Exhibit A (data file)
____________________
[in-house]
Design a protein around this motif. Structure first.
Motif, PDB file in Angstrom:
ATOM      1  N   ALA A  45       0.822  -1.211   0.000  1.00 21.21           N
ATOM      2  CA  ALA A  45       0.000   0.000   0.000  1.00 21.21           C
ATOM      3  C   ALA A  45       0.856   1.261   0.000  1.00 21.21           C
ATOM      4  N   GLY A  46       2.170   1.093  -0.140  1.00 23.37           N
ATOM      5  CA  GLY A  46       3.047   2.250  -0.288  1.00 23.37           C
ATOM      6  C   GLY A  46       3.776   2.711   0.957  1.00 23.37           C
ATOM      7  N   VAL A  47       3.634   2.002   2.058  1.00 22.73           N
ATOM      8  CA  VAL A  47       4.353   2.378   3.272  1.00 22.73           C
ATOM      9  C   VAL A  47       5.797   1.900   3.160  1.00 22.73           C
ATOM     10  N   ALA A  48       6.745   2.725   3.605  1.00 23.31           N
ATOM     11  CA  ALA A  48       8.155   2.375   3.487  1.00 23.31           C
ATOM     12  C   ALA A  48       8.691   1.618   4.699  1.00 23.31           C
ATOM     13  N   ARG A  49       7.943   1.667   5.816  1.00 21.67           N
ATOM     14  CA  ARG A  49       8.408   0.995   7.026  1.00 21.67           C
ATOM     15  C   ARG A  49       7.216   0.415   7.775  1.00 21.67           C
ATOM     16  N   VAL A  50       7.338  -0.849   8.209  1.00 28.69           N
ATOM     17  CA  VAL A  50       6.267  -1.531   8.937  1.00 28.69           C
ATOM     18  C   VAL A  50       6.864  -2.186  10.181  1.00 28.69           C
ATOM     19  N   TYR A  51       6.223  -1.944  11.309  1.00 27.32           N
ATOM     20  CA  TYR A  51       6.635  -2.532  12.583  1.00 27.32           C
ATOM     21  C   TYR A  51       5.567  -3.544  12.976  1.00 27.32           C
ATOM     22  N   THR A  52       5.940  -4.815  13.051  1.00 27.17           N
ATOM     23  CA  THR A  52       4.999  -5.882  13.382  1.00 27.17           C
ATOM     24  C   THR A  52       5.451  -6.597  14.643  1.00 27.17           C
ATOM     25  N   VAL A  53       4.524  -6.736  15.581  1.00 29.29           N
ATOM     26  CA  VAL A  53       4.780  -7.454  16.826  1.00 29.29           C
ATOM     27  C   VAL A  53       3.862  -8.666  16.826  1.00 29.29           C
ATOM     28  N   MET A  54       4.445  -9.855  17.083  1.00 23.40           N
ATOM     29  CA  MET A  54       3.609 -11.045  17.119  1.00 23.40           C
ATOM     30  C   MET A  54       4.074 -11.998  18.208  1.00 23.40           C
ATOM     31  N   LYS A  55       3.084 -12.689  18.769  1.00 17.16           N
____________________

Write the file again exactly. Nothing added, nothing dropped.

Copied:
[in-house]
Design a protein around this motif. Structure first.
Motif, PDB file in Angstrom:
ATOM      1  N   ALA A  45       0.822  -1.211   0.000  1.00 21.21           N
ATOM      2  CA  ALA A  45       0.000   0.000   0.000  1.00 21.21           C
ATOM      3  C   ALA A  45       0.856   1.261   0.000  1.00 21.21           C
ATOM      4  N   GLY A  46       2.170   1.093  -0.140  1.00 23.37           N
ATOM      5  CA  GLY A  46       3.047   2.250  -0.288  1.00 23.37           C
ATOM      6  C   GLY A  46       3.776   2.711   0.957  1.00 23.37           C
ATOM      7  N   VAL A  47       3.634   2.002   2.058  1.00 22.73           N
ATOM      8  CA  VAL A  47       4.353   2.378   3.272  1.00 22.73           C
ATOM      9  C   VAL A  47       5.797   1.900   3.160  1.00 22.73           C
ATOM     10  N   ALA A  48       6.745   2.725   3.605  1.00 23.31           N
ATOM     11  CA  ALA A  48       8.155   2.375   3.487  1.00 23.31           C
ATOM     12  C   ALA A  48       8.691   1.618   4.699  1.00 23.31           C
ATOM     13  N   ARG A  49       7.943   1.667   5.816  1.00 21.67           N
ATOM     14  CA  ARG A  49       8.408   0.995   7.026  1.00 21.67           C
ATOM     15  C   ARG A  49       7.216   0.415   7.775  1.00 21.67           C
ATOM     16  N   VAL A  50       7.338  -0.849   8.209  1.00 28.69           N
ATOM     17  CA  VAL A  50       6.267  -1.531   8.937  1.00 28.69           C
ATOM     18  C   VAL A  50       6.864  -2.186  10.181  1.00 28.69           C
ATOM     19  N   TYR A  51       6.223  -1.944  11.309  1.00 27.32           N
ATOM     20  CA  TYR A  51       6.635  -2.532  12.583  1.00 27.32           C
ATOM     21  C   TYR A  51       5.567  -3.544  12.976  1.00 27.32           C
ATOM     22  N   THR A  52       5.940  -4.815  13.051  1.00 27.17           N
ATOM     23  CA  THR A  52       4.999  -5.882  13.382  1.00 27.17           C
ATOM     24  C   THR A  52       5.451  -6.597  14.643  1.00 27.17           C
ATOM     25  N   VAL A  53       4.524  -6.736  15.581  1.00 29.29           N
ATOM     26  CA  VAL A  53       4.780  -7.454  16.826  1.00 29.29           C
ATOM     27  C   VAL A  53       3.862  -8.666  16.826  1.00 29.29           C
ATOM     28  N   MET A  54       4.445  -9.855  17.083  1.00 23.40           N
ATOM     29  CA  MET A  54       3.609 -11.045  17.119  1.00 23.40           C
ATOM     30  C   MET A  54       4.074 -11.998  18.208  1.00 23.40           C
ATOM     31  N   LYS A  55       3.084 -12.689  18.769  1.00 17.16           N